A Social History of the New York City Cabdriver
Johns Hopkins University Press, Hardcover, 9780801885549, 225pp.
Publication Date: May 1, 2007
Naturally identified with the Big Apple, New York City cabdrivers hold a special place in the American folk culture writ large. Cabbies proverbially counsel, console, and confound, all the while flitting through the snarling traffic and bustling masses of the nation's largest city. Variously seen as the key to street-level opinion, a source of reliable information, or mysterious savants who don't speak much English, the hacks who move New Yorkers have been integral to the city's growth and culture since the mid-nineteenth century when they first began shuttling residents, workers, and visitors in horse-drawn carriages. Their importance grew with the introduction of gasoline-powered cars early last century and continues to the present day, when more than 12,000 licensed yellow cabs operate in Manhattan alone.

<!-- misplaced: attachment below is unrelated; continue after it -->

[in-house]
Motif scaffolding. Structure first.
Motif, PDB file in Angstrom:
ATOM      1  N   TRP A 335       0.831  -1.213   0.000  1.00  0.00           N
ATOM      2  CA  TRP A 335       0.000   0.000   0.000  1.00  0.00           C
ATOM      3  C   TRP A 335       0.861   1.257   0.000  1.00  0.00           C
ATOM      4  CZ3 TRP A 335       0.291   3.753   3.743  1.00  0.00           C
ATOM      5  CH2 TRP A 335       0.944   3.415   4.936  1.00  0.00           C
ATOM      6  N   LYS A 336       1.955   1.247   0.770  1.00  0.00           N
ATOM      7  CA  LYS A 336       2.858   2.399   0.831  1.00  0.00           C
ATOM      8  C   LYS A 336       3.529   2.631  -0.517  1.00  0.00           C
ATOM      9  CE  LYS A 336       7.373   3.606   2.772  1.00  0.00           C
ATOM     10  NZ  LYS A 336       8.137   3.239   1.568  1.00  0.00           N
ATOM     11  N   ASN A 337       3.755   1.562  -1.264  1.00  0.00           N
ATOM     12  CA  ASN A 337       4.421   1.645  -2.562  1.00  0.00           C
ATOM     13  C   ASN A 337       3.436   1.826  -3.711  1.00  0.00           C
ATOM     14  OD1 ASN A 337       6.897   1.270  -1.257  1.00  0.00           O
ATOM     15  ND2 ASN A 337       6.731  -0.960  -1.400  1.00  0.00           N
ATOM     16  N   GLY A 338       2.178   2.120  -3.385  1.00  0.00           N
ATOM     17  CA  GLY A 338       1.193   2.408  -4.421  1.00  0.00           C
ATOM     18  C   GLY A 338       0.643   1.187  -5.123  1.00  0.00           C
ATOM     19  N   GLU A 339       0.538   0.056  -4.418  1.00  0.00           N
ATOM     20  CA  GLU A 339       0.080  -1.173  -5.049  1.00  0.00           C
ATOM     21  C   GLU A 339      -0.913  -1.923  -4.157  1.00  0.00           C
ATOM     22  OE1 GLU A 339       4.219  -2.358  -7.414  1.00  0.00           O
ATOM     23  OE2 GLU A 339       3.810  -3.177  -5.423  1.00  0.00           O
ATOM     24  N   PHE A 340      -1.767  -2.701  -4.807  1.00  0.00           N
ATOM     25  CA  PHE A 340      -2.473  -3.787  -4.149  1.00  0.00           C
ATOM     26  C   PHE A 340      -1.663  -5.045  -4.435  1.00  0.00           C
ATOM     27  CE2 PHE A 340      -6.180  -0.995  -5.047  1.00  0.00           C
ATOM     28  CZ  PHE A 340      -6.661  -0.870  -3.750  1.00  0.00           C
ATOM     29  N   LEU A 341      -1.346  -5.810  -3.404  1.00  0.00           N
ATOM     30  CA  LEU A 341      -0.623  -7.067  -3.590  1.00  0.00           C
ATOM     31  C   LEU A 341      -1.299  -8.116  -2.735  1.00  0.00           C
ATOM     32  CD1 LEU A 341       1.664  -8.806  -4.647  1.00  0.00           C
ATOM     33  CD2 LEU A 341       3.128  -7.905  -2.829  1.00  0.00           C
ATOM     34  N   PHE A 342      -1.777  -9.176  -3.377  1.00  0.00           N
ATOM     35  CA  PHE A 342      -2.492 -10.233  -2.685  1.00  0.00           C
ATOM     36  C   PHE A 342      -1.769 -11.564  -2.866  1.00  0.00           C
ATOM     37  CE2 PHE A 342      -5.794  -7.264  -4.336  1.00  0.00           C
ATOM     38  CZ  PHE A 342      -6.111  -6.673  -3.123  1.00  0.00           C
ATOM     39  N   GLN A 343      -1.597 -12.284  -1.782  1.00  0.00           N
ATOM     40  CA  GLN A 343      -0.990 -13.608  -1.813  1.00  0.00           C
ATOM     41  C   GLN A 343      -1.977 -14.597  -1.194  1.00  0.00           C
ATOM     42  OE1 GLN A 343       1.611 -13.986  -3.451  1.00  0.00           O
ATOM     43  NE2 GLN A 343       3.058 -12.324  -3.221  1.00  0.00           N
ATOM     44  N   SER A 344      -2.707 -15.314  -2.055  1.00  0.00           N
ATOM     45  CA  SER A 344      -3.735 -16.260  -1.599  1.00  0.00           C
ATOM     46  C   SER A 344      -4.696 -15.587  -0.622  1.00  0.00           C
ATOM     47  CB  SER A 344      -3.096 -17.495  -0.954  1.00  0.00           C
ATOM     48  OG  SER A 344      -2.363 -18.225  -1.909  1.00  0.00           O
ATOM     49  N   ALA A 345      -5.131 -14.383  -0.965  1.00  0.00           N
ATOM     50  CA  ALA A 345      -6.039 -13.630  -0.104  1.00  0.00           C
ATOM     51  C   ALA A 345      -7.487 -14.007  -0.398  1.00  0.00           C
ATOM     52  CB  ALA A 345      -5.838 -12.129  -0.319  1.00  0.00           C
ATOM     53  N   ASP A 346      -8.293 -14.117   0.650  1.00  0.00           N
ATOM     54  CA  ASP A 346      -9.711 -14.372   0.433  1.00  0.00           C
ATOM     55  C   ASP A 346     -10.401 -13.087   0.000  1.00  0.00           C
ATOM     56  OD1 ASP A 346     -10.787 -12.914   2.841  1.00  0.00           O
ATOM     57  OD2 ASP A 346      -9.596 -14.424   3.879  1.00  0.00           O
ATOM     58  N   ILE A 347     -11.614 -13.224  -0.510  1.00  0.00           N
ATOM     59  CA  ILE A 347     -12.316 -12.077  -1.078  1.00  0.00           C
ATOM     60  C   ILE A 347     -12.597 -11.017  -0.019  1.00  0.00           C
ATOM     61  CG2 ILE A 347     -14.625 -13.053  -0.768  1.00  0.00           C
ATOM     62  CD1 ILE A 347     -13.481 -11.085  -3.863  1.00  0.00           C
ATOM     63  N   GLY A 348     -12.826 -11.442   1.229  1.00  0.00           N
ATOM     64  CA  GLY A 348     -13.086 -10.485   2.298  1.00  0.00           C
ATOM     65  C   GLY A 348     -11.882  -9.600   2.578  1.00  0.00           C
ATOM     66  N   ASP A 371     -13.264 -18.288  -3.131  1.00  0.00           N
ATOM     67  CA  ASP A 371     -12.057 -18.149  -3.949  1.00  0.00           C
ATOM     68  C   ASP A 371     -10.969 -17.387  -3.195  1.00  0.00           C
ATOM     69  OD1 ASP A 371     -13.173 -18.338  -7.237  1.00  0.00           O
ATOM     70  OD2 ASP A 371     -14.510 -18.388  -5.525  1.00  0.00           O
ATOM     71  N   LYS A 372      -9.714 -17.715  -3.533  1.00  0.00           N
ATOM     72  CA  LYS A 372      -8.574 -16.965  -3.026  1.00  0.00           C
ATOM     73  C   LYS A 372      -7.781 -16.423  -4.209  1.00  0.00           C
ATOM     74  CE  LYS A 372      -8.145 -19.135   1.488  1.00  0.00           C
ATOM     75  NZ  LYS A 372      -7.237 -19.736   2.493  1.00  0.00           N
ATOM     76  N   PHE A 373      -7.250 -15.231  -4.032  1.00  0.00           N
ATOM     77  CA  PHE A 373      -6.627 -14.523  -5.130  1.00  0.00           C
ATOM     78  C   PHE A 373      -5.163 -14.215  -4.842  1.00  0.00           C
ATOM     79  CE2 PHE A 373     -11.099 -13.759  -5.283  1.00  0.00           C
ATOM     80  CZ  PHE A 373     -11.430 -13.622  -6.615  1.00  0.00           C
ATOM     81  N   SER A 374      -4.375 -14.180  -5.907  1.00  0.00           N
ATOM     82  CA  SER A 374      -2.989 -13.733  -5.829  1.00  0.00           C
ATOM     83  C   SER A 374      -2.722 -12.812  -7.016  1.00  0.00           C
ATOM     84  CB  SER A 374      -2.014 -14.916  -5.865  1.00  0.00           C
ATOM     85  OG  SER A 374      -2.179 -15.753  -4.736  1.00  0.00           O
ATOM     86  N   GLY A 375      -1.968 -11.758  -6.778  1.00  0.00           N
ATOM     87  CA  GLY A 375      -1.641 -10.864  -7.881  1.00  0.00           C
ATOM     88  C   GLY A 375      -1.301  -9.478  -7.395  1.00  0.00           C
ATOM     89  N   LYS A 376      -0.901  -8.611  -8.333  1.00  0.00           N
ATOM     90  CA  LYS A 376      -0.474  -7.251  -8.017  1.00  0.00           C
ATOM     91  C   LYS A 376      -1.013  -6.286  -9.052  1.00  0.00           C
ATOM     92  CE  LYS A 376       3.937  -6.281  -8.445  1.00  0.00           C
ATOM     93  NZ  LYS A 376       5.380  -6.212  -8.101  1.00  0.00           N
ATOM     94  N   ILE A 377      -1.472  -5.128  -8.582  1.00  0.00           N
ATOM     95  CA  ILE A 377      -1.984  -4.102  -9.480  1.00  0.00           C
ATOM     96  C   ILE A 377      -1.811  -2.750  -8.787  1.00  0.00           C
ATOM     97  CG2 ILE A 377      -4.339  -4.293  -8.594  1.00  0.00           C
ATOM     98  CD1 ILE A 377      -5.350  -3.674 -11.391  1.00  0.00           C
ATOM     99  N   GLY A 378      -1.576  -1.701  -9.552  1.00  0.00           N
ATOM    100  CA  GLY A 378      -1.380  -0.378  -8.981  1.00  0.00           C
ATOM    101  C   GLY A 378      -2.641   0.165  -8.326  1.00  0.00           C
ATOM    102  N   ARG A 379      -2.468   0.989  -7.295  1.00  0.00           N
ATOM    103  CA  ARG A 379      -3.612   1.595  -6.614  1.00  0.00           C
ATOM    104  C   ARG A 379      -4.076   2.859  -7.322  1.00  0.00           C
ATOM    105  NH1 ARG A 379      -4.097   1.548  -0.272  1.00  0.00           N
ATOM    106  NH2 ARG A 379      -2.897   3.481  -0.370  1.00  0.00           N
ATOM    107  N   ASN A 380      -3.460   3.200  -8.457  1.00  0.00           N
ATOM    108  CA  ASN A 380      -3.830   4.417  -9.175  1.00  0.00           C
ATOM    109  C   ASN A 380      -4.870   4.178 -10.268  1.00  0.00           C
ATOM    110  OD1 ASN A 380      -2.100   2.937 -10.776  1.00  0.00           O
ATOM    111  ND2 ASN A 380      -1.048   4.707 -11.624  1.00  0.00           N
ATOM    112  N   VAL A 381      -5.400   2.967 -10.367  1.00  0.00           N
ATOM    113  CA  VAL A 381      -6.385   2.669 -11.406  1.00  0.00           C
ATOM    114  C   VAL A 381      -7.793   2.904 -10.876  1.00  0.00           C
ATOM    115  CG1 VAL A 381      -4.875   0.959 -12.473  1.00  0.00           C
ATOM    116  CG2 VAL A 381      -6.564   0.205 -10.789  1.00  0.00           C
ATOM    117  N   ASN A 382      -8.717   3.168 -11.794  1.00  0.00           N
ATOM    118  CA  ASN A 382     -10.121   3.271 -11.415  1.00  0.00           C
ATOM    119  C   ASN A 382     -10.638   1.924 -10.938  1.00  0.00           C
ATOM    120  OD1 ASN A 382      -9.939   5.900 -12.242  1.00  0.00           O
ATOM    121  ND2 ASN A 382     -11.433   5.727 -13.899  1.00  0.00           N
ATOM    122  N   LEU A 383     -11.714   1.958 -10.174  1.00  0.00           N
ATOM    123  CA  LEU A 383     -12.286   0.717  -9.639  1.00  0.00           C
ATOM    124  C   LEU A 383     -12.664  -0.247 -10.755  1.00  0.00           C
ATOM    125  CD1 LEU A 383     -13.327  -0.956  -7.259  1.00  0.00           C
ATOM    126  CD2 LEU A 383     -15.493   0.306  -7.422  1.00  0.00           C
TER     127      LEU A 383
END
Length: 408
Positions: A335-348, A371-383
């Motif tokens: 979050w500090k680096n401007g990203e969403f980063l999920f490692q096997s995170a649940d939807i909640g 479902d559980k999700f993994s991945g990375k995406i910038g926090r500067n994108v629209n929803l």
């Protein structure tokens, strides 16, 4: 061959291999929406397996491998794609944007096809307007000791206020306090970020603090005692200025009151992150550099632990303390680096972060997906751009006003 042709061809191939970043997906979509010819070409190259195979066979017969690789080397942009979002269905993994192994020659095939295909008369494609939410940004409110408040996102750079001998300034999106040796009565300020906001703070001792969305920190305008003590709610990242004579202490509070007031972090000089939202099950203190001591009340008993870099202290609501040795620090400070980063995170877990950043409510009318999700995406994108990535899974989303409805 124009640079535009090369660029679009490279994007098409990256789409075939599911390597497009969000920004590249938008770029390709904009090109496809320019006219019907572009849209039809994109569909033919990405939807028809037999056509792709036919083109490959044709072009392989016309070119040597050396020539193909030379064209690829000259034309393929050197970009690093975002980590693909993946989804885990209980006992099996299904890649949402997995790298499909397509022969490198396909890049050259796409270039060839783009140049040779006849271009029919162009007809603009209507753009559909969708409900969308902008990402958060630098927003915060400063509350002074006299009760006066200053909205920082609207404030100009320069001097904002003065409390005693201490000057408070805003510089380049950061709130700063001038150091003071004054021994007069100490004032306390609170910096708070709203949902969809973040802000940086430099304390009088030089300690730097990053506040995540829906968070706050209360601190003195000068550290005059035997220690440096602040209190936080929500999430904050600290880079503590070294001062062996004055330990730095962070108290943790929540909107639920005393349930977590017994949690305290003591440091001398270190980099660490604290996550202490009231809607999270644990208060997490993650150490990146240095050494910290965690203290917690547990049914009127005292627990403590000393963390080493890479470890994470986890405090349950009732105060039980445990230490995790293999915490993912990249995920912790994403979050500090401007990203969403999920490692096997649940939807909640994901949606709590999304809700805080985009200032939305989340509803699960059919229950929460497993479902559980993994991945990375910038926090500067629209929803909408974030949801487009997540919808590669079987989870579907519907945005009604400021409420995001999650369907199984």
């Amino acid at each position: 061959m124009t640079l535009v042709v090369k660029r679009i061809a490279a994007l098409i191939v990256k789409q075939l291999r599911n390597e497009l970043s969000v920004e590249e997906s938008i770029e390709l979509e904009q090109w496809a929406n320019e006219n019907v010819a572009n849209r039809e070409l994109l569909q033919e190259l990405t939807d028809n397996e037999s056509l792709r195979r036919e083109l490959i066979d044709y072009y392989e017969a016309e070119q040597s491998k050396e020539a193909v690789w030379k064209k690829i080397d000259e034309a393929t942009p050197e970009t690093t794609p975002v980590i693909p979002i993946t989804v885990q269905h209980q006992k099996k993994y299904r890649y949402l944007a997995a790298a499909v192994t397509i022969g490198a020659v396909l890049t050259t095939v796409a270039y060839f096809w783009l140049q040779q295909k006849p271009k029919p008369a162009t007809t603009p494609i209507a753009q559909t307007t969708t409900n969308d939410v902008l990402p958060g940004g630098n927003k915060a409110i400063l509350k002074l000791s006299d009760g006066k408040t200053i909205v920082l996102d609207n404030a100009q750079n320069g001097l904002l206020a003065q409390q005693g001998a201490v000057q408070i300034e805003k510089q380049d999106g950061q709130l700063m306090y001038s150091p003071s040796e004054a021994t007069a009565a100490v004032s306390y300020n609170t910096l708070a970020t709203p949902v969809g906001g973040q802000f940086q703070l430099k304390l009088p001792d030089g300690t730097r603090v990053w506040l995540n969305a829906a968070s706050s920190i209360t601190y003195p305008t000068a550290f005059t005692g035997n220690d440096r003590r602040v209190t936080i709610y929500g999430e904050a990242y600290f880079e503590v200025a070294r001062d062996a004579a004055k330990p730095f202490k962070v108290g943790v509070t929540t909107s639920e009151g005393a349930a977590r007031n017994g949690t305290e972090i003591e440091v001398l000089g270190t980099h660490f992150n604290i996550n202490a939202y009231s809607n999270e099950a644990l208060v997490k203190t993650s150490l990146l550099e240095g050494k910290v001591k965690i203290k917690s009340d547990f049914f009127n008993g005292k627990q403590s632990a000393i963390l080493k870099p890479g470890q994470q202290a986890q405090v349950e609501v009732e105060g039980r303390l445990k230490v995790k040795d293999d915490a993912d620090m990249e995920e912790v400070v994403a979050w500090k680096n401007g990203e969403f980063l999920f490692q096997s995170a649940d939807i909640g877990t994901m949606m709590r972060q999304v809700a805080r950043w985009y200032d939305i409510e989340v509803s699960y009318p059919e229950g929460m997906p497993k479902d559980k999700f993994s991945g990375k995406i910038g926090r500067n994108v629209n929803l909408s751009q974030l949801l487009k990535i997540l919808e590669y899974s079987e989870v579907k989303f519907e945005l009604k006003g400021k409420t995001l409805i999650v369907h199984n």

"Taxi " is the first book-length history of New York City cabdrivers and the community they compose. From labor unrest and racial strife to ruthless competition and political machinations, this deftly woven narrative captures the people--lower-class immigrants for the most part--and their hardscrabble struggle to capture a piece of the American dream. Hodges tells the tale through contemporary news accounts, Hollywood films, social science research, and the words of the cabbies themselves.
Whether or not you've ever hailed a cab on Broadway, "Taxi "provides a fascinating new perspective on New York's most colorful emissaries.